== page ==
>Jerusalem said Monday during the International Botanical Congress here. “The
>sayings that the shroud is from European origin can’t hold.”
> For the full article, go to
> Here is what the St. Louis Post-Dispatch is reporting. As background to the
>controversy, the Post-Dispatch article cites a version of Shroud history
>tainted by pro-Shroud propaganda. Just a guess, but I assume that the
>reporter compiled the history from literature provided at the press
> Pollen study dates shroud to 8th century
> By Michael Hines
> Of the Post-Dispatch
> The renowned Shroud of Turin - believed by many to be the burial wrap of
>Jesus -- dates back to Jerusalem no later than the 8th century, an Israeli
>scientist announced here Monday. The findings, based on an analysis of pollen
>and plant images on the cloth, contradict previous carbon-dating studies that
>estimated the cloth originated 500 to 700 years later -- in Europe of the
>Middle Ages. The latest study is sure to stir more controversy over the
>shroud's authenticity, an issue that has been debated for centuries among
>religious and scientific scholars. Avinoam Danin, a botany professor at the
>Hebrew University of Jerusalem, led the team of researchers who re-examined
>pollen found on the shroud. He presented the plant studies Monday afternoon
>at the 16th International Botanical Congress at America's Center downtown.
> For the full article, go to:
> For a more accurate history of the Shroud, go to a recent summary report
>written by CSICOP Senior Research Fellow Joe Nickell, author of _Inquest on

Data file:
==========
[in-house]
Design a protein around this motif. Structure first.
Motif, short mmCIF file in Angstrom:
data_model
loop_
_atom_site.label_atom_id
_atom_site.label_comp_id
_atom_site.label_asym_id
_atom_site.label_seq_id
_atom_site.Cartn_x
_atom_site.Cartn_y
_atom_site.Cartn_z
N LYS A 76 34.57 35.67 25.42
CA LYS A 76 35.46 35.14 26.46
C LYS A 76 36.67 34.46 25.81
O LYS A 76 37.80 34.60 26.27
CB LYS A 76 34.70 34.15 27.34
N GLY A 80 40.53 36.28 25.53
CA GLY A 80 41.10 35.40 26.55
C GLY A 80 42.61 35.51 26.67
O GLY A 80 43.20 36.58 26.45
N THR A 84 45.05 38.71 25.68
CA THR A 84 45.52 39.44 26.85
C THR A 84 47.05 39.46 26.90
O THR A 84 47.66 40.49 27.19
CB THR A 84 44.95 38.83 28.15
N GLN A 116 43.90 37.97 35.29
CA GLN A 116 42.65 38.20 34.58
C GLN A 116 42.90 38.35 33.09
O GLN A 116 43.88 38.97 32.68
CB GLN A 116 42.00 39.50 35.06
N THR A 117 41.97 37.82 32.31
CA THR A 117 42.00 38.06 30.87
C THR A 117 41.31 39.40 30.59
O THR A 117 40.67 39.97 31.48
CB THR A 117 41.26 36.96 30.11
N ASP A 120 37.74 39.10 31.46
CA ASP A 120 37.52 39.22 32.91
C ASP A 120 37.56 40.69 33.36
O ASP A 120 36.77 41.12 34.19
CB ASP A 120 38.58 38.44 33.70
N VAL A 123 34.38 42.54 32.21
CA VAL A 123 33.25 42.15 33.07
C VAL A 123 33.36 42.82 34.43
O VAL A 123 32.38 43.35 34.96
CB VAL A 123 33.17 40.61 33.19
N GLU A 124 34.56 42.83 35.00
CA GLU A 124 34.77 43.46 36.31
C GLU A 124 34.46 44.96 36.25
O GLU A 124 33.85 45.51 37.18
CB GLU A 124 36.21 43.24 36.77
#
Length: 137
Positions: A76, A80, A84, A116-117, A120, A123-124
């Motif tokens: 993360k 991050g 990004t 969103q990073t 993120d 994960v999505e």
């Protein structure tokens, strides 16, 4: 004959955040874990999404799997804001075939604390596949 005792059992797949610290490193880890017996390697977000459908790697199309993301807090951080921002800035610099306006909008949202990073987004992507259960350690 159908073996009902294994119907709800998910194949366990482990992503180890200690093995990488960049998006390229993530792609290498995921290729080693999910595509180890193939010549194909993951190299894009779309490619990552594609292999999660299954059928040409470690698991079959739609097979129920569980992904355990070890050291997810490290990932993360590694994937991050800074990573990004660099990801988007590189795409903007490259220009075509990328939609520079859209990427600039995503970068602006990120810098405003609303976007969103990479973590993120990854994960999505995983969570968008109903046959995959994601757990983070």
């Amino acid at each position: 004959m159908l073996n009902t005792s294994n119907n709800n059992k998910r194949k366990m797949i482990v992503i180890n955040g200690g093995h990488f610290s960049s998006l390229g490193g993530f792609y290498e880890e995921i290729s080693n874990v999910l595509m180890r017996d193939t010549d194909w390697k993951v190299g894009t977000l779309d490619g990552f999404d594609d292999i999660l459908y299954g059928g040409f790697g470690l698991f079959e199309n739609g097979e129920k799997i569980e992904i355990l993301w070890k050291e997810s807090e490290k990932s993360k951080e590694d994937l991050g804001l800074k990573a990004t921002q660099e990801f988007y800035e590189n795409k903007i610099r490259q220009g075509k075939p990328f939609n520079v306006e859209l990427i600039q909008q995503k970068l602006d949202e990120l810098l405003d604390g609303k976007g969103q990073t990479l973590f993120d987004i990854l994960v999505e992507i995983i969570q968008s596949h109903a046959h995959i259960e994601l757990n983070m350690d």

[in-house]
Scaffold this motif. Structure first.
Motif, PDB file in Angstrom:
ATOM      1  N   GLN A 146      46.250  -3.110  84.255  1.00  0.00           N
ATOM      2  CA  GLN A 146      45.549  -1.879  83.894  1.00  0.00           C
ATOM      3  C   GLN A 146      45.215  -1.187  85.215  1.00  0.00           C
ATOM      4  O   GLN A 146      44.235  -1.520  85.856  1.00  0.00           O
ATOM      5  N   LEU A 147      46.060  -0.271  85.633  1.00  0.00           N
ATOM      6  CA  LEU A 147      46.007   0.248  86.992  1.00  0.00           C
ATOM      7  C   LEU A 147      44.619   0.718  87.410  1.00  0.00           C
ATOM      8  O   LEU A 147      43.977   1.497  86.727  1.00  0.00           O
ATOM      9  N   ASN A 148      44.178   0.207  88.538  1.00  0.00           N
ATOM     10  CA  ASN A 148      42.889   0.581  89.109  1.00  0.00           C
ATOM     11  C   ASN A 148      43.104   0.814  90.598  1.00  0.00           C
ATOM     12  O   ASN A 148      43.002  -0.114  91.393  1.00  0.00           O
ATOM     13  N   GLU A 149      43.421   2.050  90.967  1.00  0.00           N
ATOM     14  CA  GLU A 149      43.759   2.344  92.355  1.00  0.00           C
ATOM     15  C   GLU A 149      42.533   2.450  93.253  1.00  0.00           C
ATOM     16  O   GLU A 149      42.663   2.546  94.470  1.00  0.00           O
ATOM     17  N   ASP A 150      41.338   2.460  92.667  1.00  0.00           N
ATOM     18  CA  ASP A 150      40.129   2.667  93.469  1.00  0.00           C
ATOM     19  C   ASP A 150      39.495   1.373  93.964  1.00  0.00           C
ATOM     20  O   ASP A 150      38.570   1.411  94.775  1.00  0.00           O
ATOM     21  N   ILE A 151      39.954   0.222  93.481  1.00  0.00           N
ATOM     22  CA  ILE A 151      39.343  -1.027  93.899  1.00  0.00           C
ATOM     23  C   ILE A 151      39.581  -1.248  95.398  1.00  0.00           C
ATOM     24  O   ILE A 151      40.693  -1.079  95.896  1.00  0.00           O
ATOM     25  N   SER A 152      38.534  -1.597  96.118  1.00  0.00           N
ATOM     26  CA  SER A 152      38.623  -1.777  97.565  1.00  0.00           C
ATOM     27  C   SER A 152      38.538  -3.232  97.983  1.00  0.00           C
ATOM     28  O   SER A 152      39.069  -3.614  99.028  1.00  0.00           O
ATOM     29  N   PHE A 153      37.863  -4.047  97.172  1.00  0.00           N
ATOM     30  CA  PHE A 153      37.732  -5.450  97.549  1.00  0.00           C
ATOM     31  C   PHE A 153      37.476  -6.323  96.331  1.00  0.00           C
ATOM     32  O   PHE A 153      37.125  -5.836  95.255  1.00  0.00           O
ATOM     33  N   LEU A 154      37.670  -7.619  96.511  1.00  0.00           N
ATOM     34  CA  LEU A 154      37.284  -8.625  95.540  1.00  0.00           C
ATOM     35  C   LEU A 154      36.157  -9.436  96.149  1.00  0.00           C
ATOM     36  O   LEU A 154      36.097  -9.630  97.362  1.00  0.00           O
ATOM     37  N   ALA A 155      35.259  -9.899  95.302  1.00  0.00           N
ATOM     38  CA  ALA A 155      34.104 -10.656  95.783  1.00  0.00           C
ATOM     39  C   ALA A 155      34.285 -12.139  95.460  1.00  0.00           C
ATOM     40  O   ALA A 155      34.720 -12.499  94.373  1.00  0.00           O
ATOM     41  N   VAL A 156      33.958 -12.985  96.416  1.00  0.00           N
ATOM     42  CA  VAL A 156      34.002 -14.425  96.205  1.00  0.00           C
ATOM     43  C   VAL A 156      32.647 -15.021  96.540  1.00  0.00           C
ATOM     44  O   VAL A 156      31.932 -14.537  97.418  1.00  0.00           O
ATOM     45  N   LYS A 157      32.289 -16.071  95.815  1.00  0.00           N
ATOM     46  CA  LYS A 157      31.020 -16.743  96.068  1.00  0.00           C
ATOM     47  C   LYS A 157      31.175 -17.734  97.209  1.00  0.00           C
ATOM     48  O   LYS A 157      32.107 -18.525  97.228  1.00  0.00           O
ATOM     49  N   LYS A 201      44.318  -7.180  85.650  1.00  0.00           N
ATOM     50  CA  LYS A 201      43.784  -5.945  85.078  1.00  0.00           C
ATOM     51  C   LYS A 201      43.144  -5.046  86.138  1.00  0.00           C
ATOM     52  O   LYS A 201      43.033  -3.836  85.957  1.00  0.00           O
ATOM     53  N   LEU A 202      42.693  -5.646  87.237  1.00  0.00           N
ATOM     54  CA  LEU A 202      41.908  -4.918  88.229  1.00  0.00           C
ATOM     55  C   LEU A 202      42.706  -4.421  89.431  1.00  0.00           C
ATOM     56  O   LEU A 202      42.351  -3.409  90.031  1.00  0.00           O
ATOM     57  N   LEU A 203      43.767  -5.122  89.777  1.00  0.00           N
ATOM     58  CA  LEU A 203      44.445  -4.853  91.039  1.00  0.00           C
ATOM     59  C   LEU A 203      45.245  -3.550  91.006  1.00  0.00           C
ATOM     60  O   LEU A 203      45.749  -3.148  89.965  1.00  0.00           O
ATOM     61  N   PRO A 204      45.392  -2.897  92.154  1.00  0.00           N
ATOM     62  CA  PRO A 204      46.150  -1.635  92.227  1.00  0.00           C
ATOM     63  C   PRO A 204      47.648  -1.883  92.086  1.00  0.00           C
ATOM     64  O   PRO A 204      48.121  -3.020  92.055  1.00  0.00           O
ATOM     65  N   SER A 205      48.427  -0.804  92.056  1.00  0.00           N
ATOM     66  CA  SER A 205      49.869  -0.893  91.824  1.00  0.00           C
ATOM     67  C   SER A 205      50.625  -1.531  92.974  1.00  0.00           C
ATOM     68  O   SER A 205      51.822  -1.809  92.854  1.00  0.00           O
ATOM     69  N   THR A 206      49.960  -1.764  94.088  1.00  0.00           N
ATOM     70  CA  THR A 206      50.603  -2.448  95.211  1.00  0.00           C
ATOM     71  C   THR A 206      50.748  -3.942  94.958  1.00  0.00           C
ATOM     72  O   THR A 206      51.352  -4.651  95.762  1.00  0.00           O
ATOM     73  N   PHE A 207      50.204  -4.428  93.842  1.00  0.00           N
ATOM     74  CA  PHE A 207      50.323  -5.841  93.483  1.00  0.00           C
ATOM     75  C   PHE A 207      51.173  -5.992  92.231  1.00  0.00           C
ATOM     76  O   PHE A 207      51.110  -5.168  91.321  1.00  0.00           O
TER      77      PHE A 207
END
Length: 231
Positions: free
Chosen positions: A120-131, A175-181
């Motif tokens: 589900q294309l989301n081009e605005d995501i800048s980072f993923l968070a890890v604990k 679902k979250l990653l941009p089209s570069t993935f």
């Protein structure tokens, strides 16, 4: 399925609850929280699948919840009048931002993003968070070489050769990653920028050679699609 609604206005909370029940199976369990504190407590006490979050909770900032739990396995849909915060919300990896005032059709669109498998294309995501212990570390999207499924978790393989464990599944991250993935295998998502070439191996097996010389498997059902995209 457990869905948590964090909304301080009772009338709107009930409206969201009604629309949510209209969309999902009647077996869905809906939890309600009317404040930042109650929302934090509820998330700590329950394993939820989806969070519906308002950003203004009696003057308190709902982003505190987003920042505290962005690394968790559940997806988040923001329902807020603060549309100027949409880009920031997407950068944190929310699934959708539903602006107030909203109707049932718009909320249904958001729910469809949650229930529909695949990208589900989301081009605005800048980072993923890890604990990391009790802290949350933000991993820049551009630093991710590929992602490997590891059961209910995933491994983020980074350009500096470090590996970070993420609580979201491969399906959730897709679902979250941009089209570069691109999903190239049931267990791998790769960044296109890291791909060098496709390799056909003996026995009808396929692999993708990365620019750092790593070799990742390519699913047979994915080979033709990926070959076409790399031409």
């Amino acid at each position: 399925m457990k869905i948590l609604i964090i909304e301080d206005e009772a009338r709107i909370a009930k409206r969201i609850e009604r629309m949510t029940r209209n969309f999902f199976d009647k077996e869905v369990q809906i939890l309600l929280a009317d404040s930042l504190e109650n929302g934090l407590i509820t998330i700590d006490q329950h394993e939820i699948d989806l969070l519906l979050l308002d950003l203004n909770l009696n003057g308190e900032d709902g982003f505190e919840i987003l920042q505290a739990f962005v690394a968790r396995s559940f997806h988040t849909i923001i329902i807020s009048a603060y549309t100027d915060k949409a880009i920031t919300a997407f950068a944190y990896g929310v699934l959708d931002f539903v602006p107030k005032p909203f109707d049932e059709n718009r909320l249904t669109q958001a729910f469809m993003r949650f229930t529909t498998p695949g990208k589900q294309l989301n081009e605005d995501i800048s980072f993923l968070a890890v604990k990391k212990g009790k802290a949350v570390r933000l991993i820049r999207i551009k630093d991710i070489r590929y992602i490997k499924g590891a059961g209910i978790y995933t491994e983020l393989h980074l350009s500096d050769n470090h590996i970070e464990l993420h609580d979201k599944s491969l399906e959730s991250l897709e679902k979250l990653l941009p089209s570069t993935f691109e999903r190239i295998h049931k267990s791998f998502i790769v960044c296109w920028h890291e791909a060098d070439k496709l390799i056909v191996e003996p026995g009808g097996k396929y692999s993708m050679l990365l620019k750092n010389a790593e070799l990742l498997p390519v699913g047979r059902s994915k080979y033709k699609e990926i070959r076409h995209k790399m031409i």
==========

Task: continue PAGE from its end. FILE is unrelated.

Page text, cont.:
>the Shroud of Turin. You can find it at:
> Look for more information and commentary from CSICOP on this most recent
>Shroud study in the coming week.
> For more information, go to
> Carl Sagan Productions announces a new television series:
> Collision Course: The Quest for Truth
> A ten hour television series conceived by Carl Sagan and Ann Druyan explor
>ing the lives of famous revolutionaries in the history of thought. Each of
>these personalities had to overcome enormous conflicts in their personal and
>professional life. Their scientific inquiries put them on a Collision Course
>with government, business, religion and society. They were and are heroes in
>The Quest For Truth. The series
> will include dramatic recreations with scripted dialog performed and
>directed by renowned actors and directors. Produced in High Definition
>Television (HDTV) with 5.1 Chanel Dolby Digital surround sound (16 to 9
>aspect ratio). Available January 2000.
> Carl Sagan Productions (West) Inc.
> 7165 Sunset Blvd., Hollywood, California 90046-4417 USA
> Phone: 323-969-9595 Fax: 323-969-8883
> Contact: Kent Gibson or Ann Druyan ( )
> The Worlds of Carl Sagan
> Time Magazine commented "With terrestrials like Carl, who needs extras?" He
>was like no other... We are producing a four hour documentary miniseries
>about the life of astrono mer Carl Sagan, author of the COSMOS television
>series (the most popular science TV series ever produced - 600 million
>viewers worldwide). Carl Sagan also authored thirty best selling books
>communicating the worlds and wonders of science to a lay audience. A
>participant in every scientific NASA mission of the first four decades of the
>Space Age, he did pioneering research on planetary atmospheres, the origin of
>life and intelligence on earth and the search for it elsewhere. His work on
>Nuclear Winter and the Regan -Bush STAR WARS scheme had global political
>consequences. The program will contain clips of COSMOS as well as the movie
>Contact, and interviews from renowned people who Carl touched personally.
>Produced in High Definition Television (HDTV) with 5.1 Channel Dolby Digital
>surround sound. Available July 1999.
> Carl Sagan Productions (West) Inc.
> 7165 Sunset Blvd., Hollywood, California 90046-4417 USA
> Phone: 323-969-9595 Fax: 323-969-8883
> Contact: Kent Gibson or Ann Druyan (
> The Las Vegas Review Journal ran the following article on July 27. For the
>full text go to:
> Radio talk show host Art Bell claims two former guests have threatened him
>and caused him to fear for his safety since he filed a defamation lawsuit
>against them in May. Bell obtained temporary protective orders June 21 in